Feature Transparency in the Drug Industry

From promises to policies: is big pharma delivering on transparency?

BMJ 2014; 348 doi: http://dx.doi.org/10.1136/bmj.g1615 (Published 26 February 2014) Cite this as: BMJ 2014;348:g1615

This article has a correction. Please see:

  1. Peter Doshi, associate editor
  1. 1BMJ, London WC1H 9JR, UK
  1. pdoshi{at}bmj.com

As increasing numbers of pharmaceutical companies establish policies for granting third party access to their clinical trial data, the onus shifts to those ready to begin sifting through the data

On 30 January, Johnson & Johnson joined a growing cast of major drug companies pledging to grant third party access to their clinical study data.1 Third party access to industry data has occurred on an ad hoc basis for decades. But unprecedented public concern over inaccessible data has led drug companies to streamline the process for granting access.2 3 Since 2012, Boehringer Ingelheim, GlaxoSmithKline, Roche, Sanofi, ViiV Healthcare, and Pfizer have established similar systems to enable access to detailed trial data including clinical study reports and electronic individual participant data. And it would seem we can only expect more announcements in the future, considering the enthusiasm expressed by the Chief Medical Officers Roundtable for a “transparent, harmonized process for access to patient-level clinical trial data.”4 (Box 1)

Box 1. The Chief Medical Officers Roundtable (CMOR) are from 21 companies

  • AbbVie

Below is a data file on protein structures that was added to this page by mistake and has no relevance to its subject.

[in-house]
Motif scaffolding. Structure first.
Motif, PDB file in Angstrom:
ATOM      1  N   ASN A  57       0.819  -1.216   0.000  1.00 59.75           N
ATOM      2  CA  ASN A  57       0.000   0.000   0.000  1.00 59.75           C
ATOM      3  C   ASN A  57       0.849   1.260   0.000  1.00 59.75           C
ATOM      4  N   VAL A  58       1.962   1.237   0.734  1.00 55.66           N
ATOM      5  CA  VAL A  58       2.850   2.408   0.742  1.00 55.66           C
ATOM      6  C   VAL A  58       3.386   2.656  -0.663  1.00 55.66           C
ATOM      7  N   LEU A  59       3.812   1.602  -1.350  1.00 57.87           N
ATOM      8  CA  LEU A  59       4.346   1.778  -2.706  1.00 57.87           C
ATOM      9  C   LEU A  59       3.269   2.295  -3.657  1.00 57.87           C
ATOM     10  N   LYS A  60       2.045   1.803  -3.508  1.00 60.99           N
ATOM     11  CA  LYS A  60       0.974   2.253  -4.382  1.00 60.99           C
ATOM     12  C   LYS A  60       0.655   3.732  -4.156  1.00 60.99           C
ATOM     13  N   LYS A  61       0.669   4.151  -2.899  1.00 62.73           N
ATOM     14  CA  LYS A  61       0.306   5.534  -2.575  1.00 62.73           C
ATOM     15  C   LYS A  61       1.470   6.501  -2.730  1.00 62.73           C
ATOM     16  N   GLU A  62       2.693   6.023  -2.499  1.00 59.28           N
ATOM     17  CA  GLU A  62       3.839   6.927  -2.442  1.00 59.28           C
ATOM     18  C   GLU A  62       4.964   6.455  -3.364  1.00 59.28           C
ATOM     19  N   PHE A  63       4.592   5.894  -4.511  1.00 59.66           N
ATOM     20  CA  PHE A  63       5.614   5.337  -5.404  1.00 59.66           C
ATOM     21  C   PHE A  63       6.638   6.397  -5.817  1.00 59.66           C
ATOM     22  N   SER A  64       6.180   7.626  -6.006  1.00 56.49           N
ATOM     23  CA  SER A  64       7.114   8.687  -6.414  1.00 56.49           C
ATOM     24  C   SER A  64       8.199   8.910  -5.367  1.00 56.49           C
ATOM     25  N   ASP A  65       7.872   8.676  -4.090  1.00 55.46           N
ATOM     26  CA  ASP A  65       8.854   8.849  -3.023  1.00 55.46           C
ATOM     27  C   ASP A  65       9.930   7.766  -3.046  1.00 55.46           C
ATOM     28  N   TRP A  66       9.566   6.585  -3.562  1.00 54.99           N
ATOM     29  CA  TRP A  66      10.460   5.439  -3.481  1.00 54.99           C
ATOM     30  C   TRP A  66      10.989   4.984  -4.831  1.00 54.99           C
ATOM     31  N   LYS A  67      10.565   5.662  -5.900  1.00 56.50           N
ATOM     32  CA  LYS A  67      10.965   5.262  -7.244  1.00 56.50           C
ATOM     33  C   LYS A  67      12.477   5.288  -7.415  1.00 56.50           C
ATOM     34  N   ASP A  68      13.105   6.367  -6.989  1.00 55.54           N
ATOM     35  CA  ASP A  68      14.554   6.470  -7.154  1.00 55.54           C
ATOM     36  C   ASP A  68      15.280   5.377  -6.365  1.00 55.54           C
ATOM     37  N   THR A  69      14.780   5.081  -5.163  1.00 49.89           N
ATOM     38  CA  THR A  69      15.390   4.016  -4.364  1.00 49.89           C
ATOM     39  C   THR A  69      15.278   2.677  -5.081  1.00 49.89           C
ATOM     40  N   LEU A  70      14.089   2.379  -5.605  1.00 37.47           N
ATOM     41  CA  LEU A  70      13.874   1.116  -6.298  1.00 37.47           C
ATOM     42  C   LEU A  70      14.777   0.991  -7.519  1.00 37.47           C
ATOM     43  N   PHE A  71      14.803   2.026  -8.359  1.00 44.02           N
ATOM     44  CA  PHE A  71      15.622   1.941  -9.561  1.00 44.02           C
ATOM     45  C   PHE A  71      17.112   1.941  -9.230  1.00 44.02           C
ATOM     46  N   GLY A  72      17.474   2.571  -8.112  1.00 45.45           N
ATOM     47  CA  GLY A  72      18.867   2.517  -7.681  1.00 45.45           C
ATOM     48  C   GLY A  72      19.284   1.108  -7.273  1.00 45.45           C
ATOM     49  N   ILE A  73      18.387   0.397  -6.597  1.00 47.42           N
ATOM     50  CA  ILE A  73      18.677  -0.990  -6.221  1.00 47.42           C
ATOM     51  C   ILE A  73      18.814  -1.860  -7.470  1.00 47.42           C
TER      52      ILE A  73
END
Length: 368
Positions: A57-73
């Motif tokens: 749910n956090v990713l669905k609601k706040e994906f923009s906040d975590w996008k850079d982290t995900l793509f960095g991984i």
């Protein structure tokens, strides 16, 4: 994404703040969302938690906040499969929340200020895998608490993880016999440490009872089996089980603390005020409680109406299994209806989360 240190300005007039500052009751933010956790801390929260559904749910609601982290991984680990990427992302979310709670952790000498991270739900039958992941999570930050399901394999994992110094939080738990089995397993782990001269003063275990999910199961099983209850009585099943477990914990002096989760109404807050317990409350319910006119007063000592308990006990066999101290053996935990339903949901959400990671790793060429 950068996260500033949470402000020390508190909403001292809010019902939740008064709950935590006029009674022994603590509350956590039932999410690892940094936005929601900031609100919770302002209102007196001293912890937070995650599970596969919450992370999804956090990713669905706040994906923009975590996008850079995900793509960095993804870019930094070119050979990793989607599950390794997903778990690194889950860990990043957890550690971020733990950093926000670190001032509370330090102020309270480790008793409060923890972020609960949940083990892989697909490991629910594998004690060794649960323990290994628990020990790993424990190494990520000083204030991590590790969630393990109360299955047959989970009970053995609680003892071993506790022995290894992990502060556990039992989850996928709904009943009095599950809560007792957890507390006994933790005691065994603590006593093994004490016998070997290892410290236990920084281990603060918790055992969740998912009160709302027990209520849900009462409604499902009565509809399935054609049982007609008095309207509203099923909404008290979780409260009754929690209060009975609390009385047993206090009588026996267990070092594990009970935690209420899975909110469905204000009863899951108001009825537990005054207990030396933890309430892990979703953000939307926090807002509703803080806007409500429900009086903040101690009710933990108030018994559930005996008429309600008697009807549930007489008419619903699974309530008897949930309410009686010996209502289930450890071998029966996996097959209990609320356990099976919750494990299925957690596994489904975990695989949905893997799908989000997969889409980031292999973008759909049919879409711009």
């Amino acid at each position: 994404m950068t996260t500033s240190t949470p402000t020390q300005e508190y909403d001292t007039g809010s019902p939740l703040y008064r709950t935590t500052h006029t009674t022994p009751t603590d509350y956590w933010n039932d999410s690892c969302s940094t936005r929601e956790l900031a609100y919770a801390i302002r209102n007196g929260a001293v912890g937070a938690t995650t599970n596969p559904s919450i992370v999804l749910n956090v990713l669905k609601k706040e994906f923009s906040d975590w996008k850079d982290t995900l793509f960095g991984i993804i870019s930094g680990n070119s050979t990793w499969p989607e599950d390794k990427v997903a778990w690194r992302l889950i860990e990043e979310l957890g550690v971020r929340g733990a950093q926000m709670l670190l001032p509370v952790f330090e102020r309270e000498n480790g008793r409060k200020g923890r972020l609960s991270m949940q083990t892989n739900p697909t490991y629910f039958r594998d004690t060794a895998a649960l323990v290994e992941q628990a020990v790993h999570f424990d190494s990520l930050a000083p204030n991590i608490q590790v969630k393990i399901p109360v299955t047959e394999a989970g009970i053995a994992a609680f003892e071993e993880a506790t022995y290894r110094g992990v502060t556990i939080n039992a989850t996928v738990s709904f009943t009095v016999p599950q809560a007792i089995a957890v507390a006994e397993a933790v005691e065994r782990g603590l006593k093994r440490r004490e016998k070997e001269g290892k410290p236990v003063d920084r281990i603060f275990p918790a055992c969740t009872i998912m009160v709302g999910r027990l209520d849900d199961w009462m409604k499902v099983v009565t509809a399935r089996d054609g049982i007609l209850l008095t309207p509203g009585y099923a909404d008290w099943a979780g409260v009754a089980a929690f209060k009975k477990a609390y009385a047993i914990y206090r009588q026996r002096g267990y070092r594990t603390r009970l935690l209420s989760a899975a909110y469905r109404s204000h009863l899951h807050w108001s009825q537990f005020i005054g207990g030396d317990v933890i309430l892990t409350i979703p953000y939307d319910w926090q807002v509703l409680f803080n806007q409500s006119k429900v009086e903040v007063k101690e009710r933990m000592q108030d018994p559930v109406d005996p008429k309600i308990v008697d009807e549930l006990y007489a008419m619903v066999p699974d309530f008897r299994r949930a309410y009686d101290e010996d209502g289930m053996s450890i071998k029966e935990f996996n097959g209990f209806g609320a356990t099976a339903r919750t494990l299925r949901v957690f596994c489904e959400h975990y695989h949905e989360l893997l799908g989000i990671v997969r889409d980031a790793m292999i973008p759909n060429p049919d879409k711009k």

• Amgen, Inc

  • Astellas

  • Astra Zeneca PLC

  • Becton Dickinson

  • Biogen

  • Bristol-Myers Squibb

  • Boehringer Ingelheim

  • Eli Lilly and Company

  • EMD Serono, Inc

  • Genentech

  • GlaxoSmithKline Ltd

  • F Hoffman La-Roche

  • Janssen

  • Merck

  • Novartis Pharma AG

  • Novo Nordisk A/S

  • Otsuka

  • Pfizer Inc

  • Sanofi

Industry’s harmonized approach

Although the details of each company’s approach differ, there seem to be more commonalities than differences in the philosophy and approach of all companies.

Firstly, all companies are in favor of a “controlled access” model of data sharing under which data are not “open access”—that is, free and unrestricted—but rather limited to approved requestors. In the case of Johnson & Johnson, the Yale Open Data Access (YODA) Project team will referee requests for data. For Roche, GlaxoSmithKline, and others using the joint ClinicalStudyDataRequest.com system, the gatekeeper is a four person review panel. (GlaxoSmithKline, which established the panel, has indicated a desire …

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